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Did Benjamin Franklin Invent Daylight Savings Time?

The creation of DST is usually credited to George Vernon Hudson, a New Zealand artist and amateur bug collector, but 100 years earlier, Benjamin Franklin pondered a similar question.

Ben Franklin, inventor of all things sky-related. Image: Library of Congress

The creation of DST is usually credited to George Vernon Hudson, a New Zealand artist and amateur bug collector who first proposed the idea in an 1895 paper, but 100 years earlier, Benjamin Franklin, inventor of all things useful, pondered a similar question in a letter to the editor of the Journal of Paris:

I looked at my watch, which goes very well, and found that it was but six o’clock; and still thinking it something extraordinary that the sun should rise so early, I looked into the almanac, where I found it to be the hour given for his rising on that day. I looked forward, too, and found he was to rise still earlier every day till towards the end of June; and that at no time in the year he retarded his rising so long as till eight o’clock. Your readers, who with me have never seen any signs of sunshine before noon, and seldom regard the astronomical part of the almanac, will be as much astonished as I was, when they hear of his rising so early; and especially when I assure them, that he gives light as soon as he rises. I am convinced of this. I am certain of my fact. One cannot be more certain of any fact. I saw it with my own eyes. And, having repeated this observation the three following mornings, I found always precisely the same result.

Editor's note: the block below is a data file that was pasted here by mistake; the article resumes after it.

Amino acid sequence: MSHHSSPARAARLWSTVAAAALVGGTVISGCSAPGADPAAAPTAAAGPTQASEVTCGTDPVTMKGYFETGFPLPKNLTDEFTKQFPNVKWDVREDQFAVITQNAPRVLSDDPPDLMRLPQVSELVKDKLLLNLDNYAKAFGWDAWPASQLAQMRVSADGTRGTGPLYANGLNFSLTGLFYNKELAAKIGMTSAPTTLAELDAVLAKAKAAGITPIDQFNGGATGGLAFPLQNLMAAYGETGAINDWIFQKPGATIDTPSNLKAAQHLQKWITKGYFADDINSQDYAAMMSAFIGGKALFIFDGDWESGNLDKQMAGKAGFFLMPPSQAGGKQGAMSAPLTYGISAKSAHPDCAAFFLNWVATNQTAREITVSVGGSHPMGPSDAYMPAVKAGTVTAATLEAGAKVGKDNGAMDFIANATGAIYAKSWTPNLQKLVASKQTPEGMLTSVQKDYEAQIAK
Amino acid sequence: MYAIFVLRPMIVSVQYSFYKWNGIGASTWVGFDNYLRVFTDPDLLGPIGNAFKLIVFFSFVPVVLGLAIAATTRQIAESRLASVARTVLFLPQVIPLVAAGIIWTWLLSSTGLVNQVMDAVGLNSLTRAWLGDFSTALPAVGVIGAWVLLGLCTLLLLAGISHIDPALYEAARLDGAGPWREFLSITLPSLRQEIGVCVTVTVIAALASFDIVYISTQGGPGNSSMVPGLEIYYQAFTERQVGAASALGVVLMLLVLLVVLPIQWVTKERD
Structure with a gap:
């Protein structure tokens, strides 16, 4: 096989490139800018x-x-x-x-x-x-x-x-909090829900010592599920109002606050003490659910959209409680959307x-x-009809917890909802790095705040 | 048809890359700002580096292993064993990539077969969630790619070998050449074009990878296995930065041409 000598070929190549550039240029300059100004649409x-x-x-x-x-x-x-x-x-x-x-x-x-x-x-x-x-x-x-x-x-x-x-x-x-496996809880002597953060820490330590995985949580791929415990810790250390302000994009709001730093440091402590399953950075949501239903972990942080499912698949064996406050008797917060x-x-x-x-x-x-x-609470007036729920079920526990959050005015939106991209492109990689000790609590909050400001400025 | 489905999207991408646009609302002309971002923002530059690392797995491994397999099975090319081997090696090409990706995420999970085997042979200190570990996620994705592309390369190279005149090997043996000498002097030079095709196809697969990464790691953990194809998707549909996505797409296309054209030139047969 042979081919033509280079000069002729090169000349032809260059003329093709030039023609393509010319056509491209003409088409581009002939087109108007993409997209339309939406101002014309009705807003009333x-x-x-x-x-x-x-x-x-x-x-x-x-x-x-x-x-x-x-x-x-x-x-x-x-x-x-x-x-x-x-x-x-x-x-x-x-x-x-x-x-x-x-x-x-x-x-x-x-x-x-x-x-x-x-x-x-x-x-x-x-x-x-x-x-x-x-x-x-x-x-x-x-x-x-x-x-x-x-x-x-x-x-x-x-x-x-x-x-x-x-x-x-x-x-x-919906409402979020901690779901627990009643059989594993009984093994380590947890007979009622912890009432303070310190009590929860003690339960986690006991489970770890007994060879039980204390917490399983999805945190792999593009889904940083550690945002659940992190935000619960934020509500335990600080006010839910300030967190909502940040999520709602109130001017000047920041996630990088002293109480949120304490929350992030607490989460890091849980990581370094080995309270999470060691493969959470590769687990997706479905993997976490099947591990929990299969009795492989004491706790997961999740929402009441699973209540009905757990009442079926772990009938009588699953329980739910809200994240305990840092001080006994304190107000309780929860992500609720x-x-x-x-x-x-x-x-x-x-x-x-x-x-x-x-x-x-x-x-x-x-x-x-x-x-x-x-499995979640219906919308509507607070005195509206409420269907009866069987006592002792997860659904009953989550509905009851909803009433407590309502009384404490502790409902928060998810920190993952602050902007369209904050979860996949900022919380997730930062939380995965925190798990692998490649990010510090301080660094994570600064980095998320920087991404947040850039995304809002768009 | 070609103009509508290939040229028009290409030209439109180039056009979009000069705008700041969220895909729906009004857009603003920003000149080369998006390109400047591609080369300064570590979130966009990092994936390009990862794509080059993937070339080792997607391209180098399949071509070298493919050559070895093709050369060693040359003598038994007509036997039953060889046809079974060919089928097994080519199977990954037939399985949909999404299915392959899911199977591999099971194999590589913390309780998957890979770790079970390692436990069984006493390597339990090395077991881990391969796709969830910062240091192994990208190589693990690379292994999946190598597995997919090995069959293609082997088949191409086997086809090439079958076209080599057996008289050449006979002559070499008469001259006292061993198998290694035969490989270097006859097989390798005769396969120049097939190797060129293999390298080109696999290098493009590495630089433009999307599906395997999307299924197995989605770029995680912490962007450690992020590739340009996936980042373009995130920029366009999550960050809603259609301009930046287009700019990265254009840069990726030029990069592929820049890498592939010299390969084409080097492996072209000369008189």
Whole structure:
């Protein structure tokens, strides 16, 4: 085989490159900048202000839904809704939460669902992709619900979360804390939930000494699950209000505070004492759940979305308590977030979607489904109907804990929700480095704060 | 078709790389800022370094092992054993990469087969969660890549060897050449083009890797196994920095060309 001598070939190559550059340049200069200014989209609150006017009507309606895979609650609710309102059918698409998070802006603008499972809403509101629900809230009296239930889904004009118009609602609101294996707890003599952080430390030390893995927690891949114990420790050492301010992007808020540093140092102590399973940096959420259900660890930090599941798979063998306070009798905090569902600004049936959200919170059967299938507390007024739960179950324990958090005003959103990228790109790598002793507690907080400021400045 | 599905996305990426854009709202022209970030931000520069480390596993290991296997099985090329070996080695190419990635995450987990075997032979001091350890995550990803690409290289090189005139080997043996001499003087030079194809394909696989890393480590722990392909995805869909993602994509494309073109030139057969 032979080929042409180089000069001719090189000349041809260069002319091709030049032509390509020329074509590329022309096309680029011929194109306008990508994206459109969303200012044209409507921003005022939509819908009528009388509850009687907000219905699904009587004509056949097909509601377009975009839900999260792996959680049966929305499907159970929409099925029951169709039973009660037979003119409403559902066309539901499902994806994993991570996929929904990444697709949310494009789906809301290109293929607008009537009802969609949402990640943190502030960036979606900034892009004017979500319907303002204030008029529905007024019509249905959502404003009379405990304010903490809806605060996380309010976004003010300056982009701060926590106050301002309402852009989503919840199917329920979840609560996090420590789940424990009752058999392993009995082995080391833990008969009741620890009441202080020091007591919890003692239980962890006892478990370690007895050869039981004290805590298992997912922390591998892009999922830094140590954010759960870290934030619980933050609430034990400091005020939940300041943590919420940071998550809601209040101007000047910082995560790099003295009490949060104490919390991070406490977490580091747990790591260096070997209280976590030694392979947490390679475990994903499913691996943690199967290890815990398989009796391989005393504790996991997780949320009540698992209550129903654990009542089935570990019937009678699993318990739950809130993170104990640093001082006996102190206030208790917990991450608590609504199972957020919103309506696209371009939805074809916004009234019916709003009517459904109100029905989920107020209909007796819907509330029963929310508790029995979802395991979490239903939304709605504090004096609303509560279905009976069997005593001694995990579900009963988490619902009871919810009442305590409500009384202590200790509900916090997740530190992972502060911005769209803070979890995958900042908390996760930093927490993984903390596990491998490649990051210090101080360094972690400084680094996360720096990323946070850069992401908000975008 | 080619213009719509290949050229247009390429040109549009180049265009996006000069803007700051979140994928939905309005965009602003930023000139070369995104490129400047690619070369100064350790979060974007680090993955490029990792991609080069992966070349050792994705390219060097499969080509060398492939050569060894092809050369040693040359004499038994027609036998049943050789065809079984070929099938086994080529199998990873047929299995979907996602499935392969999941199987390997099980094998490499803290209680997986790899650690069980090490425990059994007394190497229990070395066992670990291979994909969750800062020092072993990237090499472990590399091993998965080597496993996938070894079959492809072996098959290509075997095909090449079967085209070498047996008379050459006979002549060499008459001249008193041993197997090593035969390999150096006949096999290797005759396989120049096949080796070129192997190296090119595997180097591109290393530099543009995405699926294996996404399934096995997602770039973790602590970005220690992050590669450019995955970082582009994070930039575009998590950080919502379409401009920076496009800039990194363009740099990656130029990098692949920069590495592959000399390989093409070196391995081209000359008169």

Adjusting to a new system of sleeping and waking, based not on clocks but on the sun itself, Franklin, argued, would be simple:

All the difficulty will be in the first two or three days; after which the reformation will be as natural and easy as the present irregularity; for, ce n’est que le premier pas qui coûte. Oblige a man to rise at four in the morning, and it is more than probable he will go willingly to bed at eight in the evening; and, having had eight hours sleep, he will rise more willingly at four in the morning following.

What’s more, he claimed, the people of France would save hundreds of francs a year on candlesif they slept when it was dark and woke when it was light, artificial illumination would no longer be a necessity.

Franklin was prepared to give his idea to the world for a low, low fee:

I demand neither place, pension, exclusive privilege, nor any other reward whatever. I expect only to have the honour of it.

More from Smithsonian.com:

Ben Franklin: Patriot, Foodie
How Do Some Clocks Set Themselves?

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